According to notification number 04/2022- Central Tax dated July 13, 2022, SI. No. 12 of notification number 12/2017- Central Tax (Rate) dated June 28, 2017, changed. The amendment states that the phrase “except where the residential dwelling is rented to the registered person” will be added after the words “as a residence.”

Therefore, after the publication of notification no. 04/2022- Central Tax (Rate) dated July 13, 2022, SI. No. as of July 18, 2022, will read as follows: 

Heading Description  Rate Condition 
Heading 9963/ Heading 99721If the property is not rented by a registered person, renting it to be used as a home is prohibited NilNil

With effect from July 18, 2022, GST will apply to residential rentals as follows:

Particulars GST Position post 18th July 2022
Renting a residential property for residential use to the person registered under GST Taxable as of July 18, 2022
(Free from 1 July 2017 to 17 July 2022 and Taxable from 18th July 2022)
Renting a residential property for a personal reason to an individual who isn’t registered with the GST Exempted from 1st July 2017 
Rental of a residential property for a business purpose to a person who is registered for GST Taxable from 1st July 2017
Renting a home for a business for an individual not registered under GSTTaxable from 1st July 2017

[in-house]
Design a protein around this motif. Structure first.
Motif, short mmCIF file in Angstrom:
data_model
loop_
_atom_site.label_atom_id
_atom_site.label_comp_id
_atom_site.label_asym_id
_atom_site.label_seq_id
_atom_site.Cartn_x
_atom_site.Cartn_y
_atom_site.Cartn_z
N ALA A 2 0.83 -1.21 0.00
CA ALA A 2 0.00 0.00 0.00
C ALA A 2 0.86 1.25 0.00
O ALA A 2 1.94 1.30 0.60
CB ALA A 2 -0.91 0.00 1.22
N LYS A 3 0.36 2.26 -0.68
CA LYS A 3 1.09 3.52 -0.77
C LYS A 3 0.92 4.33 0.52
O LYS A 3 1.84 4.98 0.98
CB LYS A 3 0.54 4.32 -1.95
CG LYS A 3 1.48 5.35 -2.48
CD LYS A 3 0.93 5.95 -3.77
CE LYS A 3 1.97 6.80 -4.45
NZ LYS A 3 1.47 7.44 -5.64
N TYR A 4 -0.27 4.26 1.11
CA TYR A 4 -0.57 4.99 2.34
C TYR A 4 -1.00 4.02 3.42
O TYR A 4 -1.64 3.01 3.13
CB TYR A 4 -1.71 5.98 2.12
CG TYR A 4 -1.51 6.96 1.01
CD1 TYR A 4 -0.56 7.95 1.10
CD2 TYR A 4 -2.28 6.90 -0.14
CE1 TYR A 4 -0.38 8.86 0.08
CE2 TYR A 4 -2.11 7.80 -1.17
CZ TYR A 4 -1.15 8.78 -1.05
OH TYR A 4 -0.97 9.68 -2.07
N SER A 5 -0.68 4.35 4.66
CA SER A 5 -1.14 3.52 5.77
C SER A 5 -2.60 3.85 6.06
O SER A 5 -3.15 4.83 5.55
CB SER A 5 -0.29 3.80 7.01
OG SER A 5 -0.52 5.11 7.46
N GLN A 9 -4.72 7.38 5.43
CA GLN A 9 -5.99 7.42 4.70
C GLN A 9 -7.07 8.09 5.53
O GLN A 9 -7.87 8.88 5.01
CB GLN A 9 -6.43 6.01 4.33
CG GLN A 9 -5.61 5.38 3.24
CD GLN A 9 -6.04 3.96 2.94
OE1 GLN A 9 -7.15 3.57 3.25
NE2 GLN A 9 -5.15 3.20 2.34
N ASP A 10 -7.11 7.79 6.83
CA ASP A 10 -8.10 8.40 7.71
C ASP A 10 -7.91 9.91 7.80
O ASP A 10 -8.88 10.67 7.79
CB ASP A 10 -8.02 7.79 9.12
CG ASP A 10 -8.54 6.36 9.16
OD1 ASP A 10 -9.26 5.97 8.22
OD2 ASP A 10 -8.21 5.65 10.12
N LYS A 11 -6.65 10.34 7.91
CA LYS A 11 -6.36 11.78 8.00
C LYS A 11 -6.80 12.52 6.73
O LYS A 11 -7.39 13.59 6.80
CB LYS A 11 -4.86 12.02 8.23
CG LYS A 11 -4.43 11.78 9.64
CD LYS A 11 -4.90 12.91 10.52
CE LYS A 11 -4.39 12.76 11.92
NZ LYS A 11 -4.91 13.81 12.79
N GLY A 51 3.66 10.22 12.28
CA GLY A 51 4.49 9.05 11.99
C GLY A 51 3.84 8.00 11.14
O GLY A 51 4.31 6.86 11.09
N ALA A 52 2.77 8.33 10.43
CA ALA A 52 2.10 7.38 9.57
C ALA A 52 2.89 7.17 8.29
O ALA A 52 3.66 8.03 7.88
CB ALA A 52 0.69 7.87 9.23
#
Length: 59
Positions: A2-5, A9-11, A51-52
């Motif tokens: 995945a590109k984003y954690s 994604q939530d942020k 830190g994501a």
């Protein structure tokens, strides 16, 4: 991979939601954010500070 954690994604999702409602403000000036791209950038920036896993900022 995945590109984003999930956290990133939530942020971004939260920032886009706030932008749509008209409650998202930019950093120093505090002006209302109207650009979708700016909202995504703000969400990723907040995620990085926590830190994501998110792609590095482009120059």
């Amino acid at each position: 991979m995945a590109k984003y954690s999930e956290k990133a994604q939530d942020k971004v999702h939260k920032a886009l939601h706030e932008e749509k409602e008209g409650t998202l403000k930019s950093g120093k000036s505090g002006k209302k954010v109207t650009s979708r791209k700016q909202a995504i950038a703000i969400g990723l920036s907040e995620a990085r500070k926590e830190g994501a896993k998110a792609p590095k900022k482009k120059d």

The corresponding modification to the reverse charge service mechanism for renting residential dwellings- 

The fundamental notification, Notification No. 13/2017-Central Tax (Rate), dated June 28, 2017, covers the list of services to which the Reverse Charge Mechanism is applicable. SI. NO. 5AA was added to Notification No. 13/2017- Central Tax (Rate), dated June 28, 2017, by Notification No. 05/2022 – Central Tax  (Rate), dated June 13, 2022. The said SI.No. 5AA is tabulated hereunder-  

SI.No. Description of Service Service providerService receiver 
5AARenting the residential dwelling to the registered person as a serviceAny person Any registered person 

As a result, the registered person (also known as the service recipient) who receives services by renting a residential property is required to pay GST under the Reverse Charge Mechanism. In nut-shell, even if the service provider of the renting of a residential dwelling is registered under the GST, the registered service receiver will be liable to discharge the GST under Reverse Charge Mechanism.